The problem lies in convincing everyone there is no shortage. The senate hearings looking into oil company profits are a start, but I doubt anything will ever be made public (from any federal hearing at least) that would discriminate the oil companies in this regard. About the only way the public would be convinced is by having it broadcast over the mass media, and even then you'd still have all the oil companies saying it's a lie, with multi-million dollar budgets to back them up. It'd be interesting.



posted on Nov, 10 2005 @ 01:15 PM
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I firmly believe people should have the right to do whatever they like as long as they are prepared to face the consequences and whatever else might result if you piss off certain people. What i do not believe in is government sponsored schooling wich does it's damnest to avoid teaching anything that remotely borders on self restraint ( wich is the foundation of self respect) and modern western society wich has the parents at work and the kids watching TV learning what the corporations of the world wants them to need.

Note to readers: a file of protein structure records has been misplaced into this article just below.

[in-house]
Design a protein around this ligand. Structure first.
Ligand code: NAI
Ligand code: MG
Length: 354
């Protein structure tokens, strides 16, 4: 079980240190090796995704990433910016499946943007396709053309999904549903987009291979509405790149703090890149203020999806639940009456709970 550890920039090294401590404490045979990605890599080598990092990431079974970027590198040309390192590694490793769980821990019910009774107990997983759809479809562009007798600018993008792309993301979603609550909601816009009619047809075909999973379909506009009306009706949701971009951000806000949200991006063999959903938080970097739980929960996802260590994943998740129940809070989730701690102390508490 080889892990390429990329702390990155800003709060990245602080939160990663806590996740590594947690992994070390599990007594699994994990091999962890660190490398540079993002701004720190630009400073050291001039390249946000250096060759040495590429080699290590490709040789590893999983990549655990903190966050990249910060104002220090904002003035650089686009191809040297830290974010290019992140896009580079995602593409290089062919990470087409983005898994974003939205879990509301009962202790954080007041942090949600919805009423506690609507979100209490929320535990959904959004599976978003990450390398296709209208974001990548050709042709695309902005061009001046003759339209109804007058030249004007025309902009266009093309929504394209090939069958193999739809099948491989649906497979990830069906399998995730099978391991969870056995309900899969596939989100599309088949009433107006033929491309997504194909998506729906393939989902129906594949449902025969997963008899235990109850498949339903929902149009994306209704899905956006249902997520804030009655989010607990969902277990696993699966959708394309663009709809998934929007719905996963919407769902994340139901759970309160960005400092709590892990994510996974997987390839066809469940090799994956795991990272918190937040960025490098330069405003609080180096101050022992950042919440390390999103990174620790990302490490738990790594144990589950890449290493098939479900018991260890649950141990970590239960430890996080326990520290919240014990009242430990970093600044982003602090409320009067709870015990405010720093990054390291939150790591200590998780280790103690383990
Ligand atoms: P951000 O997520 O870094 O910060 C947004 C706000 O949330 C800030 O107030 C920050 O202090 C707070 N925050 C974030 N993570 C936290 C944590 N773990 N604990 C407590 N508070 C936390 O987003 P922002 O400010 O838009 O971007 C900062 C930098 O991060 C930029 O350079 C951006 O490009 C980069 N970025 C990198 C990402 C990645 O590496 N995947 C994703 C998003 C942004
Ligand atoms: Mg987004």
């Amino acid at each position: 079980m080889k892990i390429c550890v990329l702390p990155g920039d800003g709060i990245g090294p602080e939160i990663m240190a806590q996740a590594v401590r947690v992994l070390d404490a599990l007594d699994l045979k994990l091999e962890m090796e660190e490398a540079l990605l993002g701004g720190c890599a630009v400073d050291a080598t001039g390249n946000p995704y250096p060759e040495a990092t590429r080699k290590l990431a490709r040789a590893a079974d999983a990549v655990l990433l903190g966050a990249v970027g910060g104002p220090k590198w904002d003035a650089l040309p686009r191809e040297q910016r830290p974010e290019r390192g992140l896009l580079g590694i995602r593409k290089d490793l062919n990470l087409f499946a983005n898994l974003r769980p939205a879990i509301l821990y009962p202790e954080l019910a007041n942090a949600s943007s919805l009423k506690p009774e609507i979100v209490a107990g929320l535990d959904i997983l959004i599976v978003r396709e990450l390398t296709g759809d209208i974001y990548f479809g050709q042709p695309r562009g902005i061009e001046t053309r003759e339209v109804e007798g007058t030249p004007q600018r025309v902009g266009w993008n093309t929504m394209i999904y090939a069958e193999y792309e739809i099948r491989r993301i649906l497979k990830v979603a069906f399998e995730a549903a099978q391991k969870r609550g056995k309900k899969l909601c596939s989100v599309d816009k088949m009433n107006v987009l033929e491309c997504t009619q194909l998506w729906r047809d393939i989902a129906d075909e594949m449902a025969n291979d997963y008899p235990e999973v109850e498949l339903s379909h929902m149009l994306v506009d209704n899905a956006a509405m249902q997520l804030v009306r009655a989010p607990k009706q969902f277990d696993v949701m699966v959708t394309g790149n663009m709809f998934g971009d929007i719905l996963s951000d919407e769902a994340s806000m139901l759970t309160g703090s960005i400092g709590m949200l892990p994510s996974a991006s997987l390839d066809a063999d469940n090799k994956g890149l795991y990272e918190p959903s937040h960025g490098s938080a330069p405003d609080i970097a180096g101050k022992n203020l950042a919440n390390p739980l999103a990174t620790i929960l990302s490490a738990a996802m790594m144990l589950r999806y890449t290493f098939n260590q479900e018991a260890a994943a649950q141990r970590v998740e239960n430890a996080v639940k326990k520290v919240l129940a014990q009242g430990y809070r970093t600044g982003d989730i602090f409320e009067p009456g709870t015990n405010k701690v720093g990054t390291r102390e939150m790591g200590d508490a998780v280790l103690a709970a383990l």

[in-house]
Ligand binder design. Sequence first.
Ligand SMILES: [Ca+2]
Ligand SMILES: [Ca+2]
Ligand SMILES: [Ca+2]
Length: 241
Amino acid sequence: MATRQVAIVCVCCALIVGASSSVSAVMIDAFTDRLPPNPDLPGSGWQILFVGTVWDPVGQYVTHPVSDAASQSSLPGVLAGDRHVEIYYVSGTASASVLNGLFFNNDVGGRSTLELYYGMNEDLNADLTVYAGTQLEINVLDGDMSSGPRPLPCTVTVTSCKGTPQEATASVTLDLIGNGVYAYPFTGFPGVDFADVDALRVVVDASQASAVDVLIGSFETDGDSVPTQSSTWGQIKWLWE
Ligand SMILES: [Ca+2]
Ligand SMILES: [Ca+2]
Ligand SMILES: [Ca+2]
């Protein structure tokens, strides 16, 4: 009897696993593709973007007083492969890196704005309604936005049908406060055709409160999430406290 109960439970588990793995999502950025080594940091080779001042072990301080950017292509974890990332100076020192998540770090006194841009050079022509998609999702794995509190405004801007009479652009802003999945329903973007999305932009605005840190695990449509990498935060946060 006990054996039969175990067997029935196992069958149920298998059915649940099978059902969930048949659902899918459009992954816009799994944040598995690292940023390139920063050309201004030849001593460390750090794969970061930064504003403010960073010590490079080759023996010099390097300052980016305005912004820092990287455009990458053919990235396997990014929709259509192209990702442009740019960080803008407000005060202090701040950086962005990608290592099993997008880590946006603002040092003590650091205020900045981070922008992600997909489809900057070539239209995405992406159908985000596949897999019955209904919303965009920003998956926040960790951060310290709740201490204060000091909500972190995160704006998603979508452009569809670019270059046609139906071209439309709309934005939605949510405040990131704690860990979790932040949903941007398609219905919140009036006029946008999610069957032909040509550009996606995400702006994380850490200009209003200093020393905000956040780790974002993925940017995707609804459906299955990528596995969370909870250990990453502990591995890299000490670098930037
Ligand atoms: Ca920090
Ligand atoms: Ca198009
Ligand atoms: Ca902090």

So basically what i'm saying, in the most verbose way possible, is that no government should be expected or allowed to tax you for your 'own good'. What they could do instead is invest in educational institutions that teaches kids the life skills to make decisions and accept responsibility for them. Any other choice is manipulation, imo, and letting our governments get away with manouvering us in such basic ways sets a foundation that opens the door to a dark future.

Anyways!

Stellar



posted on Nov, 14 2005 @ 07:56 PM
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Normally, we would expect a company to act in competition to set prices according to what the market will bear based on competition and variable pricing and value based models. The use of that model assumes that there would be no subsequent catastrophic war and chaos if there was a sudden depletion in a needed infrastructure component.